DON'T ONLY WEAR ONE COLOUR TONE



Colour harmony in clothes


Once you understand how to use the colour wheel, you can create the best colour combinations.



The monochrome harmony in clothes


The simplest and safest harmony to create is the monochrome harmony. A monochrome harmony is using the same colour from dark to light with a nuance between bright and matte tones.




Easy examples:

Classic blue jeans with a light and bright blue shirt and a navy jacket or cardigan.

Dark brown pants with a lighter matte top and a bright coat or jacket.


Monochrome Harmony




The analogue harmony in clothes


The analogue harmony is also very elegant, temperate, and easy to create. Using the colour wheel, you will choose 2 to 3 following colours to create this harmony. Be sure to create a balance between matte and bright colours as well as dark and light ones.



Easy examples:

Classic blue jeans with a bright turquoise blouse and purple shoes.

Dark brown pants with a light bright mustard shirt or t-shirt and a neutral jacket.

Blue jeans with a green t-shirt and brown shoes.


Analogue Harmony



The complementary harmony in clothes


The last harmony I will show you today is my favourite one, the complementary harmony. It might be a bit more challenging to create it but the impact is amazing. You will pick 2 opposite colours on the colour wheel and pair them. With this particular harmony, be sure to use both bright and matte colours as well as light and dark ones.



Some easy colours to pair together:


- Blue and orange

- Green and red

- Yellow & violet

- Some easy examples:

- Blue-green & red-orange

- Yellow-green and red-violet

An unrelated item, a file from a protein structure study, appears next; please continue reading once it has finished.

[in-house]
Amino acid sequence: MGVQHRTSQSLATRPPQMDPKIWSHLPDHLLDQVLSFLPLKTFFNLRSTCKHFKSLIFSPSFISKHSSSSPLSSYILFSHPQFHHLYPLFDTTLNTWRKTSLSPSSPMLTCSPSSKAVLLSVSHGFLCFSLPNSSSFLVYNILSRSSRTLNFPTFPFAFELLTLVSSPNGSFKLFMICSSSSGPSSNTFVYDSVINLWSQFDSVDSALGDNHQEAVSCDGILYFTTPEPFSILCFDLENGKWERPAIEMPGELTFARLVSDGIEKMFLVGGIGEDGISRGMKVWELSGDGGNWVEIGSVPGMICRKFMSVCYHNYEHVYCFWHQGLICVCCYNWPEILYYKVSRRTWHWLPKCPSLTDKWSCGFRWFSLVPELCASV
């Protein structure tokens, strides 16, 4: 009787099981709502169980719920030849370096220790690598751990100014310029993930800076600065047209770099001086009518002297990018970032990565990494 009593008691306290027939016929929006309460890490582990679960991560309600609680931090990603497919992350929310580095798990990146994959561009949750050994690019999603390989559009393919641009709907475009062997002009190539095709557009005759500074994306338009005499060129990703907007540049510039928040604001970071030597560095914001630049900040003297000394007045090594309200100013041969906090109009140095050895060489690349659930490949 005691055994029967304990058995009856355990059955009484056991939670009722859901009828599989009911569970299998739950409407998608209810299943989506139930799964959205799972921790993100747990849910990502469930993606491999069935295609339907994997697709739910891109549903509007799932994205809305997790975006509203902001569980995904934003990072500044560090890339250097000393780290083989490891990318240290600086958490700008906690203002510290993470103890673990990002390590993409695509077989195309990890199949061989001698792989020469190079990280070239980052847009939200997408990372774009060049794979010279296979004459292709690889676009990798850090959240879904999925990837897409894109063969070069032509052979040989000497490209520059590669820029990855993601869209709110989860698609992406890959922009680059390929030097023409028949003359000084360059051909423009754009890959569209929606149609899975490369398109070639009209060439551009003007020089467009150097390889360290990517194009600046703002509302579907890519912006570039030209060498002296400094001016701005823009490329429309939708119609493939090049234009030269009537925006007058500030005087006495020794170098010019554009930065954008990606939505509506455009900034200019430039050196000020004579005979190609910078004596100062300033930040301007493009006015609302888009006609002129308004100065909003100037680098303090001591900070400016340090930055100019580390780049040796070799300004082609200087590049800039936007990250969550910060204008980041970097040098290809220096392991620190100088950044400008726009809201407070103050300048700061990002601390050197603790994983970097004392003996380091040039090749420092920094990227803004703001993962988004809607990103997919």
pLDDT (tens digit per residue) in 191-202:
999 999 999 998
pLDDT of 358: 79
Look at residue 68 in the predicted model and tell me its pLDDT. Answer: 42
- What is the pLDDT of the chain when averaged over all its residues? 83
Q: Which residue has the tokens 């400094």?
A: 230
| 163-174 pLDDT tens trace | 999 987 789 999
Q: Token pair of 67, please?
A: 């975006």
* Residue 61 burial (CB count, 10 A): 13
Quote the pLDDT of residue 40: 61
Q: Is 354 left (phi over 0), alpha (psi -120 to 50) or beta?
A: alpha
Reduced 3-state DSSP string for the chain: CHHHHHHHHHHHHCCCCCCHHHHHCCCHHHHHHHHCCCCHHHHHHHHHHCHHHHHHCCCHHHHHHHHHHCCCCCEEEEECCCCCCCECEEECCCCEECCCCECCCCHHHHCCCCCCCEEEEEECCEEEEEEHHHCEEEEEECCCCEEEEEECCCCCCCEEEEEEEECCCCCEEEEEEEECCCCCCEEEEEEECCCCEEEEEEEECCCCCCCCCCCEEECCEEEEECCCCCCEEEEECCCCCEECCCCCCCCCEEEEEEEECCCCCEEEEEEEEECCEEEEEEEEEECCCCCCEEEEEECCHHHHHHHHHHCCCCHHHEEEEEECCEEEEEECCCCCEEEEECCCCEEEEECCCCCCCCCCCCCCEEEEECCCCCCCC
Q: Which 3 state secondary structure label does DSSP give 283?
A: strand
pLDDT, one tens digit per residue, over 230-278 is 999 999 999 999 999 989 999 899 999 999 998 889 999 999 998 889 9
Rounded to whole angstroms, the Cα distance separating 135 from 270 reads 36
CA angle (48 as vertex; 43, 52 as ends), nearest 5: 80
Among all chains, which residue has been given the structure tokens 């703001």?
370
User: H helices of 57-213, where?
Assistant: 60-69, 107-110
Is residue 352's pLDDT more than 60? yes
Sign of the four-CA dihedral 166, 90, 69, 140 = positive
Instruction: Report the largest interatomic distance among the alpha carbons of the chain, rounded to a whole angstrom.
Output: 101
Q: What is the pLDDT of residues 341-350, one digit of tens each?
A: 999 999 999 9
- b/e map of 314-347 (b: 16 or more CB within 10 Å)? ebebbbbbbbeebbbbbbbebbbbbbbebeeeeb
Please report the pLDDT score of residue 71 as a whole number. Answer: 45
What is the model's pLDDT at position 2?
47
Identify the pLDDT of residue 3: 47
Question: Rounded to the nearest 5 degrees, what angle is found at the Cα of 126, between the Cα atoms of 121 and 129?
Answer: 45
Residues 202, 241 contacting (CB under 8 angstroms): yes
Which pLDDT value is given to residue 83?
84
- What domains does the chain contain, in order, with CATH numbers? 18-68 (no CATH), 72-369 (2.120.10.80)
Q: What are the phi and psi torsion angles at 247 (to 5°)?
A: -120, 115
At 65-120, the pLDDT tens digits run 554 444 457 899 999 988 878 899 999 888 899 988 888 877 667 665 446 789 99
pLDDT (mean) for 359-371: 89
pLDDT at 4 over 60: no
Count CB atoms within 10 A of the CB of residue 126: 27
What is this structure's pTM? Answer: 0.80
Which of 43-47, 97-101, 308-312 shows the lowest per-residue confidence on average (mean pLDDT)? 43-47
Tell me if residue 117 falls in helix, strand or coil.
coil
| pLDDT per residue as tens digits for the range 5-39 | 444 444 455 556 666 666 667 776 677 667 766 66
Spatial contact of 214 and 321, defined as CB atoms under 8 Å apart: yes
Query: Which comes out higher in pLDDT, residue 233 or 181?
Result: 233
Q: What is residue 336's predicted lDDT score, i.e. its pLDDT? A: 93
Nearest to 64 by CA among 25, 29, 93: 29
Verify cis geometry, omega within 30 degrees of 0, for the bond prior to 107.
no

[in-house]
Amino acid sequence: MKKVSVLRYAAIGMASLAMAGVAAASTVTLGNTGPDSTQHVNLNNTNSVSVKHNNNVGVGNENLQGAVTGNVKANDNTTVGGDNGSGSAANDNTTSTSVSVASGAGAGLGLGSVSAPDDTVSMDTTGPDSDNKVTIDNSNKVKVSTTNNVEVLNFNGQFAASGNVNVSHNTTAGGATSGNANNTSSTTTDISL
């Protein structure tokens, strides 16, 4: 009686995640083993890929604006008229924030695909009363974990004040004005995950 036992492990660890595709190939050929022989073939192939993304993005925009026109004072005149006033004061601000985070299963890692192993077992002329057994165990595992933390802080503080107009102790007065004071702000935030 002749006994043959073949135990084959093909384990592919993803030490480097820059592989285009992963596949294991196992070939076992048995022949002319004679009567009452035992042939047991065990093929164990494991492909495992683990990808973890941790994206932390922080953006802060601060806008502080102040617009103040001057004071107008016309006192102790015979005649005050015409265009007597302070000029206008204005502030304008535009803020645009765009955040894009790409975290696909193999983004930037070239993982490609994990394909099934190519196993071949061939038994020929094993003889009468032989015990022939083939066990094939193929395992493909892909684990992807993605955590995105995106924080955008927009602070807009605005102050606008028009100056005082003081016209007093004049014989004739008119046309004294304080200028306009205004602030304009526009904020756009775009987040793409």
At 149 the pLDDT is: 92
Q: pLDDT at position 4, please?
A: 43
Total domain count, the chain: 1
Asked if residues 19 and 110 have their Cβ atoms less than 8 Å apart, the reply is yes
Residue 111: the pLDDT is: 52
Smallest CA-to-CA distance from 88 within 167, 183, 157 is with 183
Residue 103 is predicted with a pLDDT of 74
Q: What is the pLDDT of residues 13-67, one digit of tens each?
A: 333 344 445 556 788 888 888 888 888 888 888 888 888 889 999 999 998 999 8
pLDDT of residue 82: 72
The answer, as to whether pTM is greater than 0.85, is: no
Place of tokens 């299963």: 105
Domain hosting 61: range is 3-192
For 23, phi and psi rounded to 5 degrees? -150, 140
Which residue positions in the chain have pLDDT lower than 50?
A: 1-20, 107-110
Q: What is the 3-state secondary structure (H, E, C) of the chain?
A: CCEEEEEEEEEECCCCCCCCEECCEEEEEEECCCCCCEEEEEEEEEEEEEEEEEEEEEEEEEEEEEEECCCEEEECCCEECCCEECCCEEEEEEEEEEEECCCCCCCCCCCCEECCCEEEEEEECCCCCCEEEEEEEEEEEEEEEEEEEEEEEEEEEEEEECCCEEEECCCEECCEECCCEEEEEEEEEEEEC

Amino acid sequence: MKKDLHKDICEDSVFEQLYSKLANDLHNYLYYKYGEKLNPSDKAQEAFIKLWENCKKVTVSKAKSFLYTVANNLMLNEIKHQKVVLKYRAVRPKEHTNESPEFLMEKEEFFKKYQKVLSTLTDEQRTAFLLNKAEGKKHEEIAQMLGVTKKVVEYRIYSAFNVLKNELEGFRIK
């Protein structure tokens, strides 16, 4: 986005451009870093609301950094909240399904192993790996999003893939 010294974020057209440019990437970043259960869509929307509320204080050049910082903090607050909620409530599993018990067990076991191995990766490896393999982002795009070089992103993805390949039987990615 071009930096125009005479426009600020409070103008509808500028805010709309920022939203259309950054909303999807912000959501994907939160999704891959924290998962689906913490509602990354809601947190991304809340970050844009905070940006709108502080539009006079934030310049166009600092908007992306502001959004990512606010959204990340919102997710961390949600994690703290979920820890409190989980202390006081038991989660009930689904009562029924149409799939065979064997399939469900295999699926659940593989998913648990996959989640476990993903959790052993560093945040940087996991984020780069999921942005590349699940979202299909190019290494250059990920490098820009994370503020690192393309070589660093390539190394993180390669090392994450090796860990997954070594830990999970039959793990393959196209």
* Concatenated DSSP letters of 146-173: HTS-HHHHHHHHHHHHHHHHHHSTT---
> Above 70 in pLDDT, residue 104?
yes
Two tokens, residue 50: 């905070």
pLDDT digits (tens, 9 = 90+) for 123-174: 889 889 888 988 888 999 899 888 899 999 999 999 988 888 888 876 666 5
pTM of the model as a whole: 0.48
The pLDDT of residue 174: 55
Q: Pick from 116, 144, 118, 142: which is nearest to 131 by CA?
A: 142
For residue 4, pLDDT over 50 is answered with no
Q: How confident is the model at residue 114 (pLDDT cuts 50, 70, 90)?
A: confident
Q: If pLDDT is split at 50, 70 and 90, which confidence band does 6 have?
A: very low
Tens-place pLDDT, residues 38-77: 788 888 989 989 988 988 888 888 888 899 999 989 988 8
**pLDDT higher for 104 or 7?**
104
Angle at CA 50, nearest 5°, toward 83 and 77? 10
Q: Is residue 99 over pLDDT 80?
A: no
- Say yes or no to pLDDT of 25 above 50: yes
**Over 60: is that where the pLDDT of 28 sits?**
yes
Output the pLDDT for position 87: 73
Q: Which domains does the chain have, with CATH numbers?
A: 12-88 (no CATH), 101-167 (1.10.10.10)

- Blue-violet and yellow-orange


Complementary Harmony




Final advice to create your colour harmony in clothes


Create a good balance focusing on brightness and saturation


Once you understand how to use the colour wheel, you can create the best colour combinations. When mixing colours, always pay attention to details in your outfits. A line, a print, a pattern can bring a new colour to the final result. To ensure a great final result, be sure to use both light and dark tones as well as bright and matte ones. If you only pick bright tones, people might not trust you, you might look a bit too colourful, when if you only pick matte colours, the result might be a bit sad and boring.


Pay attention to the proportions


When mixing and matching colours, you don’t want to wear more than 3 different colours. When selecting those colours, you will pay special attention to the proportion in your final result. Wearing up to 3 colours doesn’t mean that you will have different colours for your major pieces of the outfit. You will not have a highly colourful jacket if your t-shirt or pants are already bright and colourful. Details and accessories are the best pieces to play with colours and create beautiful colour harmony in clothes.


Purple & Yellow




Maud Vanhoutte